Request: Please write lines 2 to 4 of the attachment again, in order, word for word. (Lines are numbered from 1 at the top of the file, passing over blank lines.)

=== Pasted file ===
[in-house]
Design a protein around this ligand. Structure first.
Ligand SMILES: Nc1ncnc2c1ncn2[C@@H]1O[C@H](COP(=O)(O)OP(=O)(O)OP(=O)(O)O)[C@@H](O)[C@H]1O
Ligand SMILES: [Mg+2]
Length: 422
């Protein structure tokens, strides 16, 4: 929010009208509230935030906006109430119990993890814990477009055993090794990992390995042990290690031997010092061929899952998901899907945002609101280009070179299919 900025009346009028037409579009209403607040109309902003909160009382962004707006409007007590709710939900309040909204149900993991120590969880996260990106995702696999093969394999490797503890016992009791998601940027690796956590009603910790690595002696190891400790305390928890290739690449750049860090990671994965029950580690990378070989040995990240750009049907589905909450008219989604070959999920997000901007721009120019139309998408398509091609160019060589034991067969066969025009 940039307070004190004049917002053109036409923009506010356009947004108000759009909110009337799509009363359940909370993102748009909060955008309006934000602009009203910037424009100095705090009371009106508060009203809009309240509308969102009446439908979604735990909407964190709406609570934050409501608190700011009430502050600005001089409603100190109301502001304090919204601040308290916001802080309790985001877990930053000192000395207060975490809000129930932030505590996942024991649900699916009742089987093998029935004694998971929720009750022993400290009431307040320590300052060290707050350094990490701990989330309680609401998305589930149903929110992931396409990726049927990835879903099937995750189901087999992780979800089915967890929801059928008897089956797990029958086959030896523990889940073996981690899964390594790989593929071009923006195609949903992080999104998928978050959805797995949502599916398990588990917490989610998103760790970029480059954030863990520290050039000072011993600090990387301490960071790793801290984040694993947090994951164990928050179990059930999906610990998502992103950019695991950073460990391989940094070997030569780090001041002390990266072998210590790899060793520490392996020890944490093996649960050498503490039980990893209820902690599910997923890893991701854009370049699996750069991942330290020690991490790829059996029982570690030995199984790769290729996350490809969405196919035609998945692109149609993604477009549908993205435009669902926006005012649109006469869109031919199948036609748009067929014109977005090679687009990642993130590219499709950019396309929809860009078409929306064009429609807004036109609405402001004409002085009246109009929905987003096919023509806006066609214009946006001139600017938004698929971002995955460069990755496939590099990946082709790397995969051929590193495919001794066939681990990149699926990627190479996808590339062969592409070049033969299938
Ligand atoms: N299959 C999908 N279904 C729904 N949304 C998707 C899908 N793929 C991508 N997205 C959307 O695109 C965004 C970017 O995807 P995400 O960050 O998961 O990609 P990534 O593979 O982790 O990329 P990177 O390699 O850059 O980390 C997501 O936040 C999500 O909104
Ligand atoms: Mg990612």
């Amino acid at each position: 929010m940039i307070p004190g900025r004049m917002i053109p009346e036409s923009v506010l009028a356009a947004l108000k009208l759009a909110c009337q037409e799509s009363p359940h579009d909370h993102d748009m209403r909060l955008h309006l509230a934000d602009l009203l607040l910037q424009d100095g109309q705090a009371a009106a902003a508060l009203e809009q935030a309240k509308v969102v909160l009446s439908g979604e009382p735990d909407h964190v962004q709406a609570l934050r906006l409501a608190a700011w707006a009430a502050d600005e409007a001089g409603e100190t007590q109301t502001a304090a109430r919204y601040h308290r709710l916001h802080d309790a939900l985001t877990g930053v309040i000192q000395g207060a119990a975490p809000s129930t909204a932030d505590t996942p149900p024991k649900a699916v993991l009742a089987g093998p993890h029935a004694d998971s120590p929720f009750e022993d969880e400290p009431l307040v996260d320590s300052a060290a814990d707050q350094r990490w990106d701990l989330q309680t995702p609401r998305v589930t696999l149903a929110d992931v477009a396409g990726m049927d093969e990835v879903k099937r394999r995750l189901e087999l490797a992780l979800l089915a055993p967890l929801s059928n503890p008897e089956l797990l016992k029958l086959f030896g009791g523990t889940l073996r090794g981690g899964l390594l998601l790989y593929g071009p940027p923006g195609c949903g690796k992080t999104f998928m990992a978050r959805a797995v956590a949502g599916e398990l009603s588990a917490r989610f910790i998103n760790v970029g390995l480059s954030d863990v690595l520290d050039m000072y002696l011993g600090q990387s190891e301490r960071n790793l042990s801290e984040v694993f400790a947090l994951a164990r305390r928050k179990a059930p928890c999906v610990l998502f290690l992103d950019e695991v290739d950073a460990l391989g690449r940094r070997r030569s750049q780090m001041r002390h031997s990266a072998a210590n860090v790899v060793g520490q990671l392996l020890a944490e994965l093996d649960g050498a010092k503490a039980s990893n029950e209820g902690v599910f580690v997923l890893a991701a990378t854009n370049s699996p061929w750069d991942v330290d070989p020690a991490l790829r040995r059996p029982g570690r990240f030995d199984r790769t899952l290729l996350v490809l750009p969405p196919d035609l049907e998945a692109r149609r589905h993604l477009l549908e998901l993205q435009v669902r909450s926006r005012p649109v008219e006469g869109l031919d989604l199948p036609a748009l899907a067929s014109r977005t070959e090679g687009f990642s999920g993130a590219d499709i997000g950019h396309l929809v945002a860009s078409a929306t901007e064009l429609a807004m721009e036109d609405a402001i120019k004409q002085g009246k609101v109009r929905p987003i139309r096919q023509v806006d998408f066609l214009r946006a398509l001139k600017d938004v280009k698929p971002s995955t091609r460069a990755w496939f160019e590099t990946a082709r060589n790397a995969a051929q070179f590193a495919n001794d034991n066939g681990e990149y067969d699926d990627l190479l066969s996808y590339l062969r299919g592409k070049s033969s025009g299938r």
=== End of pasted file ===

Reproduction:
Design a protein around this ligand. Structure first.
Ligand SMILES: Nc1ncnc2c1ncn2[C@@H]1O[C@H](COP(=O)(O)OP(=O)(O)OP(=O)(O)O)[C@@H](O)[C@H]1O
Ligand SMILES: [Mg+2]